Why You Should Write Down Interview QuestionsDec 02, 2021
When you are in a job interview, do you write down the questions? Do you take a moment to review the question, circle key points and identify any critical items that are part of the question? If not, you are missing out on a very significant opportunity within any interview at any company.
Writing down the interview questions may seem a little tedious and redundant. However, taking a few extra moments to truly understand what is being asked of you can give you a critical advantage.
Item #1—Pen and Paper
I know it’s the 21st Century and we have technology at our disposal. However, you simply cannot be hitting keys on your computer or staring at your phone/tablet during a professional interview (whether in person or virtual). Good old-fashioned pen and paper works just fine, even if you write slow—we all do these days! Remember the writing is for your benefit, not for someone else to read. Get comfortable physically writing down questions as you prepare for your interview.
Because we’re always going to be slower at writing than talking, any question of length will probably need to be repeated. Don’t worry about asking your interviewer to restate the question. Just make sure you are getting the question right. Then, you will restate the question to them after you have finished writing it down. You don’t have to write down the full question exactly word-for-word. Focus on the key points.
Another important tip to remember is if your interviewer starts to get annoyed with you writing down the questions. If this happens, address it directly. Apologize for writing slowly, but let it be known that you are doing this because you want to be absolutely sure you are getting the questions correct.
Again, you don’t need to write down the full question. This is especially true with many common behavioral questions that start with “Tell me about a time when…” or “Give me an example of…” Don’t waste extra time writing down those intro phrases. Focus on the second half of the question and the main topic(s) of the question. This will save you writing time and allow you to stay on point.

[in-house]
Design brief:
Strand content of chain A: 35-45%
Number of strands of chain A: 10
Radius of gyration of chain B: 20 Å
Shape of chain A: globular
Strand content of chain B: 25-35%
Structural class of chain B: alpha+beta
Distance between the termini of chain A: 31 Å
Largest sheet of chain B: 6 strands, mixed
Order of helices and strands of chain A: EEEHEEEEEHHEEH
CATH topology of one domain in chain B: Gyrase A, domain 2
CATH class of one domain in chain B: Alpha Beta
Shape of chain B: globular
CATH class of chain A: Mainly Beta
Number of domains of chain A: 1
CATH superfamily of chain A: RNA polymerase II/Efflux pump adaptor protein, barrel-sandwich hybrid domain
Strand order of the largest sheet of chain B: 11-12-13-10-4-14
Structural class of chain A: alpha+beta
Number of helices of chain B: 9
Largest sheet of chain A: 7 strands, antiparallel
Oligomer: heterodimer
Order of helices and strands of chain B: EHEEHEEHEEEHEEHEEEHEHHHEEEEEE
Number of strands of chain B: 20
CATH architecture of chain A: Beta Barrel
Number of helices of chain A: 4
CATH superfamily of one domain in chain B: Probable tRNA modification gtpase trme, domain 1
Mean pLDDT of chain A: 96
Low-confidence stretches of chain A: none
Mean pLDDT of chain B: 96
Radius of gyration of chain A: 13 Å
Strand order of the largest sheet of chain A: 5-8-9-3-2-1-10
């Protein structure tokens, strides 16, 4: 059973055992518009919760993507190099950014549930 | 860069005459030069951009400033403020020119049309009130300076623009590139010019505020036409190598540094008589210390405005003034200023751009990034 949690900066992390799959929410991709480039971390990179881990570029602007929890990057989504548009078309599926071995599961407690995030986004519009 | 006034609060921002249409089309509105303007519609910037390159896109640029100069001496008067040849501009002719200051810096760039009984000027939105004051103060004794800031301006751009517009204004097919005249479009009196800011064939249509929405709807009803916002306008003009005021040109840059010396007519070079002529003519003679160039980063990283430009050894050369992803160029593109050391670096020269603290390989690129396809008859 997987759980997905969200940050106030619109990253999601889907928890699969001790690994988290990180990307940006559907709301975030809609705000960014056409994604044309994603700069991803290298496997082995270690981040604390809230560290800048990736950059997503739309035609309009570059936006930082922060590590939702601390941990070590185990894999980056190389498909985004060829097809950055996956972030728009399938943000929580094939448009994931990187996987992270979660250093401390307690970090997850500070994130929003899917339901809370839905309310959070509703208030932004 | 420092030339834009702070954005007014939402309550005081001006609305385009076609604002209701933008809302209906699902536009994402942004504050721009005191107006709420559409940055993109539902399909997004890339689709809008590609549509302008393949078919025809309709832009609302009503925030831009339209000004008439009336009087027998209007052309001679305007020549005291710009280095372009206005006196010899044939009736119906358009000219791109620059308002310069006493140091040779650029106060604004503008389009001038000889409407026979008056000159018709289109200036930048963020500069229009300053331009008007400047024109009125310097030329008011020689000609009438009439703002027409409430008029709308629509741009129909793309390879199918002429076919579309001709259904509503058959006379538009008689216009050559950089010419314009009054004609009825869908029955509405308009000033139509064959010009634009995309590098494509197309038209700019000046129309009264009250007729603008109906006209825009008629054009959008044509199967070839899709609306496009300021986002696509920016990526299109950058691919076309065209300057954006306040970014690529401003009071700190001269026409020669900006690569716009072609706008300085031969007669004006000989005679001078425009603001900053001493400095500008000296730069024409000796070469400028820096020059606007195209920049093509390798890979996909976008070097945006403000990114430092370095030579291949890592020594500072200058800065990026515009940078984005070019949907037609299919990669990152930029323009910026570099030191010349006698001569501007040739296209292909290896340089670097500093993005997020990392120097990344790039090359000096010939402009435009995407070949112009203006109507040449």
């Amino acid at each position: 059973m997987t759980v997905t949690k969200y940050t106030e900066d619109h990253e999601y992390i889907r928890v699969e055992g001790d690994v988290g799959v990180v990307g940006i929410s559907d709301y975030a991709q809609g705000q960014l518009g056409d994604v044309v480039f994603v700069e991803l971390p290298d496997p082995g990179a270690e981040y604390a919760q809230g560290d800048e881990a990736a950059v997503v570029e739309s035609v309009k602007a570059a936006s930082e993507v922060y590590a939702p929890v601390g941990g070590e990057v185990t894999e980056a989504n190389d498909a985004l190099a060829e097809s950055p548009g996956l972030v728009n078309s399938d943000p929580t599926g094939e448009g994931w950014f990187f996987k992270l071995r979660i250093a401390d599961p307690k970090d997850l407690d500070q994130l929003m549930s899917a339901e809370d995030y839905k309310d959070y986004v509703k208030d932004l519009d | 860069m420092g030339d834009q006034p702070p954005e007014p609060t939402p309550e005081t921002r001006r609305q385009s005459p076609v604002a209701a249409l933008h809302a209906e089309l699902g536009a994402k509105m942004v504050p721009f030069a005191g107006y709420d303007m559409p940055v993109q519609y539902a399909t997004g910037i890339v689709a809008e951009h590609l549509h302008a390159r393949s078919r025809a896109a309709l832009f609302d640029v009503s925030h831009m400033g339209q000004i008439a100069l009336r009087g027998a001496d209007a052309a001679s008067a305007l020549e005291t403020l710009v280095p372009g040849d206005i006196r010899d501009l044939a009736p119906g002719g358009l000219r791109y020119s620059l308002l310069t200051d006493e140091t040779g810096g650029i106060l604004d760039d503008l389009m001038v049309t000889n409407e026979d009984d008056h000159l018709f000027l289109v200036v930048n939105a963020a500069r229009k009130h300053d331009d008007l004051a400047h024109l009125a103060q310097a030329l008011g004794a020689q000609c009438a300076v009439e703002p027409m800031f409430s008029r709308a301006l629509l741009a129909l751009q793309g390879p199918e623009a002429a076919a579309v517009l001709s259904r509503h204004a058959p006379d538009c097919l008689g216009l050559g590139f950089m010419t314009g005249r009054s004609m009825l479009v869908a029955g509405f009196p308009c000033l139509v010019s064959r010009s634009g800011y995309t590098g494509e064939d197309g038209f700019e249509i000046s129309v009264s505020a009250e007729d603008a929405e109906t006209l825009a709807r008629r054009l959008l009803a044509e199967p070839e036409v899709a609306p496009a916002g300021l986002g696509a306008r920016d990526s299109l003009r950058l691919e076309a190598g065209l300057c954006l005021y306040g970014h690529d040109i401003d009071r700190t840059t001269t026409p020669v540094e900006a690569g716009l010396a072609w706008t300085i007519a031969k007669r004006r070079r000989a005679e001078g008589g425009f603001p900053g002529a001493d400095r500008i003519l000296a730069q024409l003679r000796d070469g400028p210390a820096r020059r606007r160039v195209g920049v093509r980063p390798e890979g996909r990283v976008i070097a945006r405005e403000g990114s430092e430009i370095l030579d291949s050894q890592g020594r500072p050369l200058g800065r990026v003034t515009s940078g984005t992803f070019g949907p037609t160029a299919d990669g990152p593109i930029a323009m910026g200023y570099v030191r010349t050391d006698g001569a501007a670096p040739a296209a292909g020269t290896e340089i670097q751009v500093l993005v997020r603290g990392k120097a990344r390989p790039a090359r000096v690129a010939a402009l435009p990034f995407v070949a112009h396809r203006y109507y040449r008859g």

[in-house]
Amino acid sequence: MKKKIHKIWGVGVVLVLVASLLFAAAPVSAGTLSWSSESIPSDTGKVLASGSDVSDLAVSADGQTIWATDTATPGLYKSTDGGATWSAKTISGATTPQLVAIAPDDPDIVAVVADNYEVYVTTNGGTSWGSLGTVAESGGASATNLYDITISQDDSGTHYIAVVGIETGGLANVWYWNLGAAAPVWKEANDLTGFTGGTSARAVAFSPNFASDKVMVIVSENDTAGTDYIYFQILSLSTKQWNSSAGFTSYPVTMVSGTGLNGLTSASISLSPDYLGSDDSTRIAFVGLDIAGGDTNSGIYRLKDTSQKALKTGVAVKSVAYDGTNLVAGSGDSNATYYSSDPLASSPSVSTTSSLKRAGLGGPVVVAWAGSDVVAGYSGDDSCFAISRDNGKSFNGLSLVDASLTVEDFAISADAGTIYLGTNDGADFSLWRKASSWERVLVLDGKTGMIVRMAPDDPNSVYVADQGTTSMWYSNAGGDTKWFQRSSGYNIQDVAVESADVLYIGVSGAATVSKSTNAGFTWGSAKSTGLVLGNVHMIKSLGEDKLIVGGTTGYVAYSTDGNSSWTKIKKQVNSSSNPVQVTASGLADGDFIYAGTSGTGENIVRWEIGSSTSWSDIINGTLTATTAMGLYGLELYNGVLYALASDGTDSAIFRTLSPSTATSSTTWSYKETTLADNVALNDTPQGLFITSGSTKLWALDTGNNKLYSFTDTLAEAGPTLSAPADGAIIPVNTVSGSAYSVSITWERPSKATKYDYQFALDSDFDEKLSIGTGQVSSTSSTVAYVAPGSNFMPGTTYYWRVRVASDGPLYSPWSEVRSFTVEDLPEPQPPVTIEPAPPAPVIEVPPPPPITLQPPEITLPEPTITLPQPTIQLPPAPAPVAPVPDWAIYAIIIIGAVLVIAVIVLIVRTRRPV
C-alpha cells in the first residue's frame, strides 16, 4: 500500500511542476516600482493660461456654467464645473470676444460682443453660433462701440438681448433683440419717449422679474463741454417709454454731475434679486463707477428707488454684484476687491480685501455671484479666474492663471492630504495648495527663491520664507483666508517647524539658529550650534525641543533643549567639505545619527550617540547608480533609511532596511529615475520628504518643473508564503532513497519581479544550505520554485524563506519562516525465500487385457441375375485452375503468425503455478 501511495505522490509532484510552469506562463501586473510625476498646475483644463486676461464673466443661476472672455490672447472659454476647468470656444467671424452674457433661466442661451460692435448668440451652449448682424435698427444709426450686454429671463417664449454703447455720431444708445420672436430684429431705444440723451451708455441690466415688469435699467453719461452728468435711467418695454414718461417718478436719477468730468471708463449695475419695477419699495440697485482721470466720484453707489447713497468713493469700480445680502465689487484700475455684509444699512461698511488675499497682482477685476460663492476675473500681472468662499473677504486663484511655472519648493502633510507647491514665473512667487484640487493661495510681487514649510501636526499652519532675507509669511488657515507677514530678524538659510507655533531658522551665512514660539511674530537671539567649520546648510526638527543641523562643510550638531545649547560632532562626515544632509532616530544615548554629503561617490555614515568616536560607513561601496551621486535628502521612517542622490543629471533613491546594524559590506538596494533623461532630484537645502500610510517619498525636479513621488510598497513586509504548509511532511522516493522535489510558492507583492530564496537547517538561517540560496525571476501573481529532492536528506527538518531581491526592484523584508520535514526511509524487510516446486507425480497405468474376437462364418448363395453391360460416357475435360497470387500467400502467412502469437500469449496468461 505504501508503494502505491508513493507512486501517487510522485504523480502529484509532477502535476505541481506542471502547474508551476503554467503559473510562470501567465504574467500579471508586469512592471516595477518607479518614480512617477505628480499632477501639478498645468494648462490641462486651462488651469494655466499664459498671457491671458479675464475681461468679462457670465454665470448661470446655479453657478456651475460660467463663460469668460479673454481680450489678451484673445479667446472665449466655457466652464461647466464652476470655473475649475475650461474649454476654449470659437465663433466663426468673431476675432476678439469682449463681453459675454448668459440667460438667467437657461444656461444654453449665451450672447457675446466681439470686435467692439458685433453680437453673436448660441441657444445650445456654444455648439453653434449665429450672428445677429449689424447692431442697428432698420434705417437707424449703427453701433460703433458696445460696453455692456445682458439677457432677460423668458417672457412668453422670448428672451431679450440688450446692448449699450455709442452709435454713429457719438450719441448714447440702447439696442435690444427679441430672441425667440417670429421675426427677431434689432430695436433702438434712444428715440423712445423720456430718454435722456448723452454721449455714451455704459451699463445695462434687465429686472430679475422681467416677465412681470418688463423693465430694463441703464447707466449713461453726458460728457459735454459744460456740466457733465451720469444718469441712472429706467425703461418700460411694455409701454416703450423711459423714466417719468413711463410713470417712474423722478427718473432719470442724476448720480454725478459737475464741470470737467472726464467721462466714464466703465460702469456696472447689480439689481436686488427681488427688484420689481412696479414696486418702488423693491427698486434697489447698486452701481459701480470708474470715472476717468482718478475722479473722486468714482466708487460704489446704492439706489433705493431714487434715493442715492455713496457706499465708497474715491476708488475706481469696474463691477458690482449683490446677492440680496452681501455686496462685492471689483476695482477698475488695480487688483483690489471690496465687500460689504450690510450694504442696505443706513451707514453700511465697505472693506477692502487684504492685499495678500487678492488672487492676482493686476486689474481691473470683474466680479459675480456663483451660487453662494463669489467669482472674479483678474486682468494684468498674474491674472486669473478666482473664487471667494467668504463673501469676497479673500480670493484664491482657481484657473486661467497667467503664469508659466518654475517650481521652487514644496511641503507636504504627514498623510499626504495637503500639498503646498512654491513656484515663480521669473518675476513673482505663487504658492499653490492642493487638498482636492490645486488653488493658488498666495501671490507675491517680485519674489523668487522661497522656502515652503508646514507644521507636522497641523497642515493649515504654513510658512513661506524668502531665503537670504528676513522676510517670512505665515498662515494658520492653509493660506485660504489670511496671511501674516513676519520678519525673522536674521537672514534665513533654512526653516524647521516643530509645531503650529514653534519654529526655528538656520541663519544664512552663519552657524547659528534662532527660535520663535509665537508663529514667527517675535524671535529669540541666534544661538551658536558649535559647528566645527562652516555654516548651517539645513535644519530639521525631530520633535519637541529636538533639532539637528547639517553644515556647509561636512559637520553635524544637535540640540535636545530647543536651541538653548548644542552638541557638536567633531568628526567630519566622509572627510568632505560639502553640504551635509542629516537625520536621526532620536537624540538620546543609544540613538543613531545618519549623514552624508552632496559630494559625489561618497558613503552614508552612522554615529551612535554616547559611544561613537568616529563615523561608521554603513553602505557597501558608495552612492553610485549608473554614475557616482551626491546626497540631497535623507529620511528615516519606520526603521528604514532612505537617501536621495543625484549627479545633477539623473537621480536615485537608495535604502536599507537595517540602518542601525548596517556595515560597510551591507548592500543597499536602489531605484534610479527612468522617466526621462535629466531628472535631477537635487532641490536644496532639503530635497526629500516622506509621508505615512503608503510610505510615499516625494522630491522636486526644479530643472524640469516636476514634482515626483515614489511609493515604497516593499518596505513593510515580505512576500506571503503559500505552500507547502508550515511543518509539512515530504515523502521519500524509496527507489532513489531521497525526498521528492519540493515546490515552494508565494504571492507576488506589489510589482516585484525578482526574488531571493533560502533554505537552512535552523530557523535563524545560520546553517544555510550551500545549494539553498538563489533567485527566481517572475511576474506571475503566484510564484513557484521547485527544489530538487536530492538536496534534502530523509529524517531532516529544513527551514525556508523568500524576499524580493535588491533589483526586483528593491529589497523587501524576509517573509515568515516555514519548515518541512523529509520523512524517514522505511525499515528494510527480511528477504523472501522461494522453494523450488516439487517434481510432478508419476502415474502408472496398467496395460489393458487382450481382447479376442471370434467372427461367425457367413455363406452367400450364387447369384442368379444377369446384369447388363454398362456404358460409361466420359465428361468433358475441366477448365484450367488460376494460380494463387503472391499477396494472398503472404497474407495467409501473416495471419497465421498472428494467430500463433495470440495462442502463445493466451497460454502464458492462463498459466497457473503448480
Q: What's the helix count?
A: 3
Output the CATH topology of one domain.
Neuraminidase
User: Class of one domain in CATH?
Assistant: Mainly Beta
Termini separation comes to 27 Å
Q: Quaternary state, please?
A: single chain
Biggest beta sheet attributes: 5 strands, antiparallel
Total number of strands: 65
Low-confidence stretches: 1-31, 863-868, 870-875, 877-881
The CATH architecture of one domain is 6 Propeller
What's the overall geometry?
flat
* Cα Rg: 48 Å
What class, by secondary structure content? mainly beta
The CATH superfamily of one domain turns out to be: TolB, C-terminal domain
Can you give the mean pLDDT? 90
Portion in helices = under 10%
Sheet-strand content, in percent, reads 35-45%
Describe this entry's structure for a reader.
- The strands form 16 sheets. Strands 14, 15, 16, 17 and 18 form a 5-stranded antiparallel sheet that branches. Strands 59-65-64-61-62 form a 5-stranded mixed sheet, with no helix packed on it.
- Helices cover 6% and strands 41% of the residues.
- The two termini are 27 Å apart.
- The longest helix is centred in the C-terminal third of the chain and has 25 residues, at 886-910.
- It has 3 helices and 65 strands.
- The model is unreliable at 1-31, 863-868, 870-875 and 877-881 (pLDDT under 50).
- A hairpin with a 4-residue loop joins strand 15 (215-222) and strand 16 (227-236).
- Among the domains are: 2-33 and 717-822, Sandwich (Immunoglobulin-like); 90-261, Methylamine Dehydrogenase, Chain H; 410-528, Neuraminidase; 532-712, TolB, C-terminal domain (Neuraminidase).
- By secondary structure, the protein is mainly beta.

Now that you have written down and restated the question, you want to identify the type of question. If it is a behavioral question, you’ll want to respond with the S.T.A.R.L.F. method. (Situation. Task. Actions. Results. Learnings. Follow-up Questions.). Think about what the question is asking and where your example story needs to begin. For open-ended questions, you’ll want to use the C.F.A.S. method (Clarify. Framework. Assumptions. Solution.).
Item #5—Circle the Words!
You’ve written the question down. Now, you need to identify the themes and keywords that will really help you answer the question. This step will literally change everything for you. First, it means you have written down the question, which is good. Second, it allows you to take the time to think through the question. Third, it allows you to slow down just a little bit, which gets you more connected to the question. This helps you better understand what’s being asked and allows you to provide an excellent response.
Item #6—Test It
I always talk about the power of practice. To know if this is an effective strategy for you, feel free to test it. Do a mock interview with a loved one or colleague and practice writing down the questions, circling the words, etc. You can even do a comparative test interview without writing anything to see which is more effective for you. You might be surprised at just how much of a difference writing the questions will have.
Be sure and watch my full video on this subject below. At the end, I provide a screen share exercise to show you exactly what this process looks like.
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